You can find several of these metrics by visiting the site(s) on which a package is shared (see Rule 3). If a package is posted on CRAN or Bioconductor, its page on that site will include the date on which its latest version was released as well as a link to “Old sources”—previous versions of the package and the release date of each. The page also provides a link to a NEWS file, where you can see a list of all published versions as well as the major changes made from one version to the next. All R packages shared through CRAN or Bioconductor must be versioned, and many adhere to a versioning scheme of the form major.minor.patch, where each placeholder is a nonnegative integer (for instance, 1.7.9). The major version number increases with larger or incompatible API changes, the minor version number increases with backwards compatible functionality changes to be released, and the patch version number increases with smaller backwards compatible bug fixes and new features. Overall, version numbers are typically assigned and incremented based on standardized rules to signal code changes and modifications to software packages over time and to distinguish developer versions from release versions. So to further determine if a package is well established in the R community, refer to its number of versions and updates (more is better) in addition to the date of the most recent versions and updates (newer is typically better, as an indication of active maintenance, although in some cases a package with a stable algorithm and few dependencies may not need many updates).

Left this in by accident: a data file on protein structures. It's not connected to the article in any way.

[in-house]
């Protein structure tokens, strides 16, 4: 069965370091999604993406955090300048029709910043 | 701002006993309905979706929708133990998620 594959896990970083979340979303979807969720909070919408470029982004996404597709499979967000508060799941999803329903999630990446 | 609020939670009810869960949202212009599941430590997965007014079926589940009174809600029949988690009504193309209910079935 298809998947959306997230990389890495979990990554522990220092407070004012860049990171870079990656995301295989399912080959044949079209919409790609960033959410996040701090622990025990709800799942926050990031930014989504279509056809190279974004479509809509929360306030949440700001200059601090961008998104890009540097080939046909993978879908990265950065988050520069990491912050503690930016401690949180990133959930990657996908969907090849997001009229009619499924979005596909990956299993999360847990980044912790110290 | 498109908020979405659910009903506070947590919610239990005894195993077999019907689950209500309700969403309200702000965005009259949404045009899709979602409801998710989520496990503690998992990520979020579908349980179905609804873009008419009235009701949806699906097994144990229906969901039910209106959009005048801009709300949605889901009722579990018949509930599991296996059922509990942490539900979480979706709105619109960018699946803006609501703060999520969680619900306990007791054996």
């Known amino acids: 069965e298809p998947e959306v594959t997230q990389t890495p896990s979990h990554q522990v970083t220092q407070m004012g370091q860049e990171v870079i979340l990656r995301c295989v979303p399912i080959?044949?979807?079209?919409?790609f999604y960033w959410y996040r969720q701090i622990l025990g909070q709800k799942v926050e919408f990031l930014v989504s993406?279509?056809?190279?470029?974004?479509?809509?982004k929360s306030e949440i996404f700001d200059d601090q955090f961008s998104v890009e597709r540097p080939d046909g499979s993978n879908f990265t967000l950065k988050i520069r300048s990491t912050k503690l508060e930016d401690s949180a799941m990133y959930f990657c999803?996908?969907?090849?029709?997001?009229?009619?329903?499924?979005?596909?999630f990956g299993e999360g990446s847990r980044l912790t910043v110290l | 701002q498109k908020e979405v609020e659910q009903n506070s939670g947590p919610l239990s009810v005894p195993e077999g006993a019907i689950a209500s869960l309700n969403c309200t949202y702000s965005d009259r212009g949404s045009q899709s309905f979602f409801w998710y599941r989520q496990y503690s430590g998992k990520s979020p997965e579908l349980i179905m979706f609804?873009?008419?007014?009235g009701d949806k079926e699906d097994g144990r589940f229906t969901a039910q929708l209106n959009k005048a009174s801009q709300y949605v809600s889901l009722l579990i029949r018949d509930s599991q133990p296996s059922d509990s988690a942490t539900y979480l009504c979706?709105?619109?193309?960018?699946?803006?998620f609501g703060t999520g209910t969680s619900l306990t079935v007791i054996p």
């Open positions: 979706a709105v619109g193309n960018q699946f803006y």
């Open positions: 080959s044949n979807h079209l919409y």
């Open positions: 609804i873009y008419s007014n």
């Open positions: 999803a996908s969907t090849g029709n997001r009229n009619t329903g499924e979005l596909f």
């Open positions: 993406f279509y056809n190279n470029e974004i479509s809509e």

You can also see, on a package’s CRAN or GitHub page, the number of reverse dependencies it has. A reverse dependency is to an R package as a citation is to a scientific paper. If you are a developer of a package, reverse dependencies are all the packages that depend on your package, just like if you are a researcher, citations are all the published papers that have cited your published paper. Because there are fewer R packages for the same task compared to papers supporting the same claim, a reverse dependency is perhaps more important to a package than a citation is to a paper. When a package has numerous reverse dependencies, the code underlying many other R packages incorporates functions from that package, which can indicate that other R developers find that package useful.

If a package is shared through a GitHub repository, the homepage for the repository will list the number of GitHub Stars, Forks, and Watchers for that particular repository. As proxies for a repository’s overall following—and possibly indirect measures of quality and impact—Stars indicate that people like or are interested in a project, Forks reveal the number times a repository has been copied, and Watchers represent GitHub users who are subscribed to updates on a repository’s activity [73]. Although not a definitively unbiased metric, a large number of Stars, Forks, and Watchers associated with a package implies a substantial following and widespread usage [74].